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Click Before You Vote

May 8, 2006  •  Post A Comment

Attention Emmy voters: The DVD or tape mailer is out and the Web site is in as a promotional tool for at least two shows competing this summer for prime-time Emmys, to be handed out Aug. 19 and 27 by the Academy of Television Arts & Sciences.

At CBS.com/csi, the producers of the three “CSI” series ask for “your investigation” of two episodes for each franchise.

And at VoteMadTV.com, Fox’s late-night Saturday show asks for your consideration of entries in best show, directing, art direction, costumes, hairstyling, makeup and writing categories.

“We had to do something different,” “MadTV” executive producer David Saltzman said.

VoteMadTV.com, which launched April 28, opens with a audio guide to the site voiced by cast member Jordan Peele impersonating Morgan Freeman. He closes with an admonition to “vote for ‘MadTV’ or may God have mercy on your soul.”

QuickTime is required to play the clips, but that may present a challenge only for The Insider, who is neither iPod-equipped nor iTunes-friendly, but who nonetheless feels hip just knowing that VoteMadTV.com exists.

For the “CSI” series, which consider themselves cutting-edge dramas set in the cutting-edge world of crime-solving technology, this was the year to “cut through the clutter of tape mailers,” said a spokeswoman for Paramount Network Television, which produces “CSI.”

The Insider had no challenges-other than those presented by a sensitive stomach-playing the streaming episodes offered on the Web site.

Paramount is mentioning the Emmy-related “CSI” Web site, which debuted April 26, in all its trade advertising.

Mr. Saltzman said that ads promoting VoteMadTV.com will be taken out in five craft-specific trade magazines. Two ads already have been published. The Web site launched April 28 and already has received almost 1,500 hits, according to webmaster Dylan Stewart. The site will stay up until the June 20 deadline for ballots.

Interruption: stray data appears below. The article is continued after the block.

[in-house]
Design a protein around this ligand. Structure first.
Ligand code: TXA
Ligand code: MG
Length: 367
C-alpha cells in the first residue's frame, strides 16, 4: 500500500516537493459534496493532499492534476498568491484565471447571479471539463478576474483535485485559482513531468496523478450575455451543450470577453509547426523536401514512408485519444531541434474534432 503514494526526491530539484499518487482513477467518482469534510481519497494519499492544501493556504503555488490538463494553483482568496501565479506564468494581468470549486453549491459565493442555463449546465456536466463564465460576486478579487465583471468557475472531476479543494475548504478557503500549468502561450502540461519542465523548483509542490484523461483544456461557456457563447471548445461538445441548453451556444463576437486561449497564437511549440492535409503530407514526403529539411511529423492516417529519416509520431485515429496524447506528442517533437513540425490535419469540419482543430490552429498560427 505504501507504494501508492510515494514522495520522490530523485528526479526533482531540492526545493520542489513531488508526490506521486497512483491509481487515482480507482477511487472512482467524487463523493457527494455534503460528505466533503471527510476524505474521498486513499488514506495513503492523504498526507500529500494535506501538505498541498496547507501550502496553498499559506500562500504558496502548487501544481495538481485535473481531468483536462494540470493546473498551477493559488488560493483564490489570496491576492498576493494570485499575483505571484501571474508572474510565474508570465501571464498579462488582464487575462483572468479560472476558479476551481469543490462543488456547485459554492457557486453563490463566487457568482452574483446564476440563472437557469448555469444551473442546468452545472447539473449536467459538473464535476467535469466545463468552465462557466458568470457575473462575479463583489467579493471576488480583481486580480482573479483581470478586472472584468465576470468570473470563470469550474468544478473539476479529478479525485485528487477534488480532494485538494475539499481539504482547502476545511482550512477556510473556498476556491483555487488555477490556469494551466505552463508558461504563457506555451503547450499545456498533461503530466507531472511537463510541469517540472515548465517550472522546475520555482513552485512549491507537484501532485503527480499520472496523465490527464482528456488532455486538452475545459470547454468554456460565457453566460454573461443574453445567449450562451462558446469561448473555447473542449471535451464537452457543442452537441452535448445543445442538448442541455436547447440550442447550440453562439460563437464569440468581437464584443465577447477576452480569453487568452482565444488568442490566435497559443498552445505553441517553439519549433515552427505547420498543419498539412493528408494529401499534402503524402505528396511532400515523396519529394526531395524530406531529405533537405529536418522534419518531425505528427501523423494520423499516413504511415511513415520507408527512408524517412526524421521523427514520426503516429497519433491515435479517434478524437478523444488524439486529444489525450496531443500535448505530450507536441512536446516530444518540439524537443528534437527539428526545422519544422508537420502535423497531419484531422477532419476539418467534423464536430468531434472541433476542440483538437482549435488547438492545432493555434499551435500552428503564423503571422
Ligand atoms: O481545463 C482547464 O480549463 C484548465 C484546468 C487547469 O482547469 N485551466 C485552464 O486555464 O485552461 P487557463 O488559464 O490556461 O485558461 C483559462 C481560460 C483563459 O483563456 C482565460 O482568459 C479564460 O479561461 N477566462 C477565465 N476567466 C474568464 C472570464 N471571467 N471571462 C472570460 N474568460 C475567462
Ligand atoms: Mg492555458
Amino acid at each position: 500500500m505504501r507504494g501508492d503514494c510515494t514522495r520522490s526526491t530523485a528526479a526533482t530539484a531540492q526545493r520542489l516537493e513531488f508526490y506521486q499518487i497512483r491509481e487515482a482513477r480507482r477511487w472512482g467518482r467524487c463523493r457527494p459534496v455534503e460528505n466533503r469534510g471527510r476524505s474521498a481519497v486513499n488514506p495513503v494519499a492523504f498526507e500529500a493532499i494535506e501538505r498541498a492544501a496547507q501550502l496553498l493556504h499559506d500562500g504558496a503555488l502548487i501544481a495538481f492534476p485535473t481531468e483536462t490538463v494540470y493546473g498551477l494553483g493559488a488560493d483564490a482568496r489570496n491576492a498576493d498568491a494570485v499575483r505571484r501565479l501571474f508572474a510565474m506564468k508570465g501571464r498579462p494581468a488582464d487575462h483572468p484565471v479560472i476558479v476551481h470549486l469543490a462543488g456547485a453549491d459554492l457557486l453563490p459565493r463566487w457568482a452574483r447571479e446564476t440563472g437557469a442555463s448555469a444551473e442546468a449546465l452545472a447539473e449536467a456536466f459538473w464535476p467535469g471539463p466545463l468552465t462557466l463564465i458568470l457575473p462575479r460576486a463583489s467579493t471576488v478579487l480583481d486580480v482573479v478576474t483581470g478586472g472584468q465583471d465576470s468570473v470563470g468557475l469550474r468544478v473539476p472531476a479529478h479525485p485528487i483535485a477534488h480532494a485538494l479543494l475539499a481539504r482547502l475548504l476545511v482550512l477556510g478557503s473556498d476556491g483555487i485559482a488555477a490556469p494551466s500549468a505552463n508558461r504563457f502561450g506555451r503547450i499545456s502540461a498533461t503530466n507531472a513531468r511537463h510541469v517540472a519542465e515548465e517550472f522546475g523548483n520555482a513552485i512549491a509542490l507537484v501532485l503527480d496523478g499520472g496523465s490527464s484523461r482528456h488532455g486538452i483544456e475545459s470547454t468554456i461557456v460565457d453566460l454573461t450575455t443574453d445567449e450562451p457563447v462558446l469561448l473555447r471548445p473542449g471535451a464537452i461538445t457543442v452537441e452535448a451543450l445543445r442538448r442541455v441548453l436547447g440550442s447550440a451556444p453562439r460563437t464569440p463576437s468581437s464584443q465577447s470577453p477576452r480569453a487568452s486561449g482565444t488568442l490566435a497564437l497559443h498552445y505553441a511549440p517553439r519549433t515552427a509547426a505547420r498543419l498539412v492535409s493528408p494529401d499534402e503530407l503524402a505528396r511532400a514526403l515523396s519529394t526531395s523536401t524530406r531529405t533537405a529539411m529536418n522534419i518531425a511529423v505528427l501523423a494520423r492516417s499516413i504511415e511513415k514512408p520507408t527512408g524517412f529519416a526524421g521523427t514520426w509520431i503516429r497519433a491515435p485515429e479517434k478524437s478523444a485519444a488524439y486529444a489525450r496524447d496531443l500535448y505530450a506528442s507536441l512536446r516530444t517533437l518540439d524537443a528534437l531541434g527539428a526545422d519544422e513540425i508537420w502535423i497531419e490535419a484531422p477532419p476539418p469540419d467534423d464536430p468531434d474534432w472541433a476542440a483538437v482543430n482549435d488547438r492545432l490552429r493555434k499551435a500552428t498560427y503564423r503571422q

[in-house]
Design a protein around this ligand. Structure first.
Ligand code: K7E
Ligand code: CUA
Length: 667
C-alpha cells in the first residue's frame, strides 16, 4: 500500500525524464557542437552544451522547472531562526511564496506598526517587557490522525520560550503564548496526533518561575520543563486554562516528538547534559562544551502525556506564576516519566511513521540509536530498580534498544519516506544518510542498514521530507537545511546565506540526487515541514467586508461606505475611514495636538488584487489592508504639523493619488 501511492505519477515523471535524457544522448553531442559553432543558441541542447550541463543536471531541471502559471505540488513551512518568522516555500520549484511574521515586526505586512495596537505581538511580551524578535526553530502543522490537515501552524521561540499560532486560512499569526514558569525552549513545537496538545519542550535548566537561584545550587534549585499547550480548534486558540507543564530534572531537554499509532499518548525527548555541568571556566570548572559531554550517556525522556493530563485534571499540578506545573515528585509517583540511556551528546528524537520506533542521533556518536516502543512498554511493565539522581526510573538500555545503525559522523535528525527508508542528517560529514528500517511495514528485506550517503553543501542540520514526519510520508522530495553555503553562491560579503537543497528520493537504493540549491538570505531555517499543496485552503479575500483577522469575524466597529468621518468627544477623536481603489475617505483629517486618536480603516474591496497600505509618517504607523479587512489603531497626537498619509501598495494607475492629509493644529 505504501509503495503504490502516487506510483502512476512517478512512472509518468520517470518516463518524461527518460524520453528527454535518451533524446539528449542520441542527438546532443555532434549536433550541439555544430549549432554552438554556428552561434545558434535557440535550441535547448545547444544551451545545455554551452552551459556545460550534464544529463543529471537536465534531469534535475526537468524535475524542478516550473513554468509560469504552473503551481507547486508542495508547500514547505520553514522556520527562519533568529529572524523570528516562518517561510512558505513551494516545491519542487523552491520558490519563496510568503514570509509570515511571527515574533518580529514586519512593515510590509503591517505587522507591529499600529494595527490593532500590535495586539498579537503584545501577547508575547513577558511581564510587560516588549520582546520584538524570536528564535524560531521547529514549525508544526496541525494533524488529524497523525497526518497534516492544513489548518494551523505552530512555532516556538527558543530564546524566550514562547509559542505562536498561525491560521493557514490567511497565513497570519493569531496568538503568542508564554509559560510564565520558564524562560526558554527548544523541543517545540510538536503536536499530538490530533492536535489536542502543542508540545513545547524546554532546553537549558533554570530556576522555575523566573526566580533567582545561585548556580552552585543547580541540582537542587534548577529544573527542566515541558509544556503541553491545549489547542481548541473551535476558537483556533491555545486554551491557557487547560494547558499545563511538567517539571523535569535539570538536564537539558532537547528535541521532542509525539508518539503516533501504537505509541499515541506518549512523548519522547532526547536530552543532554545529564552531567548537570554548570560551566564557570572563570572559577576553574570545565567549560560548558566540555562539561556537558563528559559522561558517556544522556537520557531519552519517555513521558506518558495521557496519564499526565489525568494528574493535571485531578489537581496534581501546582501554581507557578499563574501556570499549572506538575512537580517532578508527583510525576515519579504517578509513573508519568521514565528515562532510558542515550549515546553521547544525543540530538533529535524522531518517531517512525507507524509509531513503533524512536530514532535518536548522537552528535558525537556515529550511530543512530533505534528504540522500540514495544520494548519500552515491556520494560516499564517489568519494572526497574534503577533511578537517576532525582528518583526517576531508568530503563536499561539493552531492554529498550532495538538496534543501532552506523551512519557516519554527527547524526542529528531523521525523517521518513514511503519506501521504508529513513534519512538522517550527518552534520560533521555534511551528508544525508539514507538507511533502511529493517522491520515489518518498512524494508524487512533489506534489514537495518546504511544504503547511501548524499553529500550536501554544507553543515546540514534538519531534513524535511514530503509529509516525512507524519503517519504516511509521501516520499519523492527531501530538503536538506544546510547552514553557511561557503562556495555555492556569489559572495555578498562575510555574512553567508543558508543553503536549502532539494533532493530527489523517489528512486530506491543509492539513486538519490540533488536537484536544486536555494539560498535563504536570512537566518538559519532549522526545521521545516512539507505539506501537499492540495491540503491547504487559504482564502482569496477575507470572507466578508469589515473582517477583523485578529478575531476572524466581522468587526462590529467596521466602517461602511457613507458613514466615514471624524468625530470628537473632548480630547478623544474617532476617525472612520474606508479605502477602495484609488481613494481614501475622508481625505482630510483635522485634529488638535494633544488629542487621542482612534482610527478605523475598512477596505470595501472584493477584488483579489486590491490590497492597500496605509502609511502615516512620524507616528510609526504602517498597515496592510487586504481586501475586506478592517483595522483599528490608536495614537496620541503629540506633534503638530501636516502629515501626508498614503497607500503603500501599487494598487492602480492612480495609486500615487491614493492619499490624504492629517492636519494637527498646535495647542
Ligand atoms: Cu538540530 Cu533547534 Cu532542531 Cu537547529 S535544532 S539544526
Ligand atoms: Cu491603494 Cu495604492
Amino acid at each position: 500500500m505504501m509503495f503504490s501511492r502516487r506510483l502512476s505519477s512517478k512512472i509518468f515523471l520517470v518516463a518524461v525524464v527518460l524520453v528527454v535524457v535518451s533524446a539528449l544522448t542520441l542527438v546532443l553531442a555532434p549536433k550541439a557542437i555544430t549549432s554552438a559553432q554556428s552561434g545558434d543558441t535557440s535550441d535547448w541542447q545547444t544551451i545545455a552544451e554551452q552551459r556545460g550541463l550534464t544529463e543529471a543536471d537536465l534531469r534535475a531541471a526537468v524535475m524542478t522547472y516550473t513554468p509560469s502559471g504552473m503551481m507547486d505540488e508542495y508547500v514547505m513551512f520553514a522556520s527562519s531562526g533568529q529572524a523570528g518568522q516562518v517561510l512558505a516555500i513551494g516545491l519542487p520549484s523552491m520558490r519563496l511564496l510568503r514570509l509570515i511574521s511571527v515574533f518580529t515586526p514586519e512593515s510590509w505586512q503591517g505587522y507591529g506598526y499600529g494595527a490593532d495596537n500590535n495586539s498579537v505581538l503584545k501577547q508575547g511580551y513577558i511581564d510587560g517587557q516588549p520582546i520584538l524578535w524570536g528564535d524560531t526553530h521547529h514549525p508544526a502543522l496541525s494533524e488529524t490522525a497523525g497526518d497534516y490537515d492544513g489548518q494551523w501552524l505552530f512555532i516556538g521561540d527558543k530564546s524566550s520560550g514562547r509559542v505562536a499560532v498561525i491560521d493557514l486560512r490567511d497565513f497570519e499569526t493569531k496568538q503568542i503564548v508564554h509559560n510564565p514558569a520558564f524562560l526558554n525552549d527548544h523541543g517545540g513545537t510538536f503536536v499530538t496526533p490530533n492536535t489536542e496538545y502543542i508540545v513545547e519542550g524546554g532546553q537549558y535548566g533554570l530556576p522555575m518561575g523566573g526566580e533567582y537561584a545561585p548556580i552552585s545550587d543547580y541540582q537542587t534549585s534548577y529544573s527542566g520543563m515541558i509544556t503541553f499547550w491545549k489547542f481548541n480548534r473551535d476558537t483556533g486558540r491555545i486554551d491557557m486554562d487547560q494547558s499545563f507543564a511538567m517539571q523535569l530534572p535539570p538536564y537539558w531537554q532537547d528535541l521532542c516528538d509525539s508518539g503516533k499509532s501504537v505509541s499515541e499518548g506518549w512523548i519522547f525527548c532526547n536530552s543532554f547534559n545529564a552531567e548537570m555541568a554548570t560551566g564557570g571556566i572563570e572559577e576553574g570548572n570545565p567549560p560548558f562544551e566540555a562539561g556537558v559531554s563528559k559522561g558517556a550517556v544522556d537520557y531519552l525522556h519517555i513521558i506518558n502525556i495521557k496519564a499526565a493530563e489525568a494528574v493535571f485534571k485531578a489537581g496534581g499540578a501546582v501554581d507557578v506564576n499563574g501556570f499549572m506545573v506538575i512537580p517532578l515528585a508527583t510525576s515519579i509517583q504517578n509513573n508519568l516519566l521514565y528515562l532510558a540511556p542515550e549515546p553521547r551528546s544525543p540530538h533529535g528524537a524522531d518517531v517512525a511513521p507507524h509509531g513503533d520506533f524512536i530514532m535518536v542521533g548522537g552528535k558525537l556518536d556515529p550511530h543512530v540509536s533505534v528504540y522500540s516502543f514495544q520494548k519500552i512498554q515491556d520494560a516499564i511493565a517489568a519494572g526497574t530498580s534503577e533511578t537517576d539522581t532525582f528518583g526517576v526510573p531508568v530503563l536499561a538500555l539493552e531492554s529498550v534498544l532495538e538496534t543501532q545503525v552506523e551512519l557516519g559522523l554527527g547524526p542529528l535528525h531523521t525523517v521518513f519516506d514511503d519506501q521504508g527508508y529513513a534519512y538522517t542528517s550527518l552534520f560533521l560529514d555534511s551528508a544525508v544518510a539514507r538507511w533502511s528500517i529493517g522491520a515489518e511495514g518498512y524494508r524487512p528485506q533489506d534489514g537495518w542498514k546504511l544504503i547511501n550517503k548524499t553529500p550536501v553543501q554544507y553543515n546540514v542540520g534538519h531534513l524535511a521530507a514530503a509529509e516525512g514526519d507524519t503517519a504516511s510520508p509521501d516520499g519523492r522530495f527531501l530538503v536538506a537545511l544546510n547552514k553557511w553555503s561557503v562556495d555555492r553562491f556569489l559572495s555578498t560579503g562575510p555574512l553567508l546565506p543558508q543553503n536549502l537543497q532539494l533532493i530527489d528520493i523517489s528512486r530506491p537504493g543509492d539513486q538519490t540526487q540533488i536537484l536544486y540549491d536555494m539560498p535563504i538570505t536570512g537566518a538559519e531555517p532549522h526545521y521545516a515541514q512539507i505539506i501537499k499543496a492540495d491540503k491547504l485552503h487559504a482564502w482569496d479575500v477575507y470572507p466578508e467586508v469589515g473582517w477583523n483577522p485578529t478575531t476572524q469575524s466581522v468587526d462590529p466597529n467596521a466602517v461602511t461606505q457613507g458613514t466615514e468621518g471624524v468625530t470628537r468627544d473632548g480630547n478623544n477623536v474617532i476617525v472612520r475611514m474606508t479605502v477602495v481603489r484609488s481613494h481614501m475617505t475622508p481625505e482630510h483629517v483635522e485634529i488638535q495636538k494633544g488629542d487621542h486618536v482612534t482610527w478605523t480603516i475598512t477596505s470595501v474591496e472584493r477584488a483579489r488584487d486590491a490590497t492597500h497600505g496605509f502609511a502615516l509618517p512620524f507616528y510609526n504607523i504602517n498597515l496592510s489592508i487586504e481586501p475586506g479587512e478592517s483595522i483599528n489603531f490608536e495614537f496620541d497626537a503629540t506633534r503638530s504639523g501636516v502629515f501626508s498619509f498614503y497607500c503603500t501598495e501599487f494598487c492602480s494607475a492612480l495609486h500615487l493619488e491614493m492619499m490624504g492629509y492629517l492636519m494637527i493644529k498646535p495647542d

Forgiving and Forgetting

It wasn’t that Fox News Channel anchor Shepard Smith needed no introduction when he moderated the opening panel at the Radio-Television News Directors Association convention in Las Vegas. But due to a snafu, when the introductory video clips were played before the discussion about “Hurricane Katrina: Lessons Learned” began, Mr. Smith got none.

Apologies were made then to Mr. Smith and were repeated in a letter hand-delivered by RTNDA President Barbara Cochran last week to Fox News headquarters in New York, home base of Mr. Smith.

“The fault was entirely ours and in no way reflects on the respect and admiration we have for you, respect and admiration that prompted us to seek you out to lead the session because we wanted to start our annual convention on the strongest note possible,” Ms. Cochran wrote.

The Insider is assured that as far as Mr. Smith is concerned, all apologies have been accepted.